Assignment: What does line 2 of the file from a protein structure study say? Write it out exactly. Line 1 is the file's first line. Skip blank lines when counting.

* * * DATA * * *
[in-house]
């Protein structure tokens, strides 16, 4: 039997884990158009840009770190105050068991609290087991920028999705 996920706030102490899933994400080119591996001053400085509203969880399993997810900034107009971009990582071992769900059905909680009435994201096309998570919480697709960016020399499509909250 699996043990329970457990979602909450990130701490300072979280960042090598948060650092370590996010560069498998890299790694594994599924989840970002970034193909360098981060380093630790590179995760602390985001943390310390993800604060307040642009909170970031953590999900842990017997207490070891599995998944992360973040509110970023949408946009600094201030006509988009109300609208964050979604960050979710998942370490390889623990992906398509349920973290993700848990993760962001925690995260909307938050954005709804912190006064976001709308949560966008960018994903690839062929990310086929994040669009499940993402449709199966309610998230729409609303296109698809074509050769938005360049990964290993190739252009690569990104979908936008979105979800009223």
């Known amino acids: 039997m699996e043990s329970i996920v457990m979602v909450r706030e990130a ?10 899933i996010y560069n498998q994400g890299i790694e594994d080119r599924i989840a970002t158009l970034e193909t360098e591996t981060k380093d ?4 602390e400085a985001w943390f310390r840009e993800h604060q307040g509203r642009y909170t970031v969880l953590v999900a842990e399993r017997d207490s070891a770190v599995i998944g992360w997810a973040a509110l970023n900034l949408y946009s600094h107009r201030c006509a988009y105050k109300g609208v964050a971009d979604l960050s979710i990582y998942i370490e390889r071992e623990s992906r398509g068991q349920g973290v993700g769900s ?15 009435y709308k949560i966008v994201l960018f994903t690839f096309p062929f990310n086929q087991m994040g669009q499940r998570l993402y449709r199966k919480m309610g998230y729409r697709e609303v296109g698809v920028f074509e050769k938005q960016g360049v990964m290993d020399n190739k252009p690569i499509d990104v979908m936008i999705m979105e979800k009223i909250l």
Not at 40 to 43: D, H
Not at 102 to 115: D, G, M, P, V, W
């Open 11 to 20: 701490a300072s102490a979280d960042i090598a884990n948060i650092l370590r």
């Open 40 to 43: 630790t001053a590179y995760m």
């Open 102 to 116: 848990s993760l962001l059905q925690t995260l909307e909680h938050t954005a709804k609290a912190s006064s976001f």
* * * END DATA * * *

């Protein structure tokens, strides 16, 4: 039997884990158009840009770190105050068991609290087991920028999705 996920706030102490899933994400080119591996001053400085509203969880399993997810900034107009971009990582071992769900059905909680009435994201096309998570919480697709960016020399499509909250 699996043990329970457990979602909450990130701490300072979280960042090598948060650092370590996010560069498998890299790694594994599924989840970002970034193909360098981060380093630790590179995760602390985001943390310390993800604060307040642009909170970031953590999900842990017997207490070891599995998944992360973040509110970023949408946009600094201030006509988009109300609208964050979604960050979710998942370490390889623990992906398509349920973290993700848990993760962001925690995260909307938050954005709804912190006064976001709308949560966008960018994903690839062929990310086929994040669009499940993402449709199966309610998230729409609303296109698809074509050769938005360049990964290993190739252009690569990104979908936008979105979800009223």